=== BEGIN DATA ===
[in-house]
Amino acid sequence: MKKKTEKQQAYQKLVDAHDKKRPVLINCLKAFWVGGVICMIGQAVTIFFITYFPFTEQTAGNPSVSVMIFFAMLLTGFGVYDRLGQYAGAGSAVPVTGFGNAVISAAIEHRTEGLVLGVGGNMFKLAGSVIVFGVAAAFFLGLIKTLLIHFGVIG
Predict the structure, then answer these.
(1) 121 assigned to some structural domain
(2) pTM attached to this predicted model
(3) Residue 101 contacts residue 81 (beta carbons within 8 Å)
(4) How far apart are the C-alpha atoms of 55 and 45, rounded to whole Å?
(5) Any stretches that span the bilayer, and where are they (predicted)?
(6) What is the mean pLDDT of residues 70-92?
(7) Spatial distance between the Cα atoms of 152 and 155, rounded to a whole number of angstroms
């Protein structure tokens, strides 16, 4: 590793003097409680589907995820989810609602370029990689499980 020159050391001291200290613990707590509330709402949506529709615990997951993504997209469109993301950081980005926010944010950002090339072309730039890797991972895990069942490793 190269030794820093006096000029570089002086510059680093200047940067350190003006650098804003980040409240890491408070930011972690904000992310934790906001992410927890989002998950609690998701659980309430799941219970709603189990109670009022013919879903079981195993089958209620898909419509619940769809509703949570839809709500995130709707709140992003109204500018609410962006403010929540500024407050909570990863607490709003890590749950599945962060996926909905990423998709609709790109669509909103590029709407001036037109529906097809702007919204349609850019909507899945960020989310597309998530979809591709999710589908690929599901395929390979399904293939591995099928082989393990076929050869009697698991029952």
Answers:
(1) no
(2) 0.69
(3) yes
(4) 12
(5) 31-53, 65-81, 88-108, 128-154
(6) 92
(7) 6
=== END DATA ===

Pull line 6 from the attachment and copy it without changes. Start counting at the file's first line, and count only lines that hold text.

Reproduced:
(3) Residue 101 contacts residue 81 (beta carbons within 8 Å)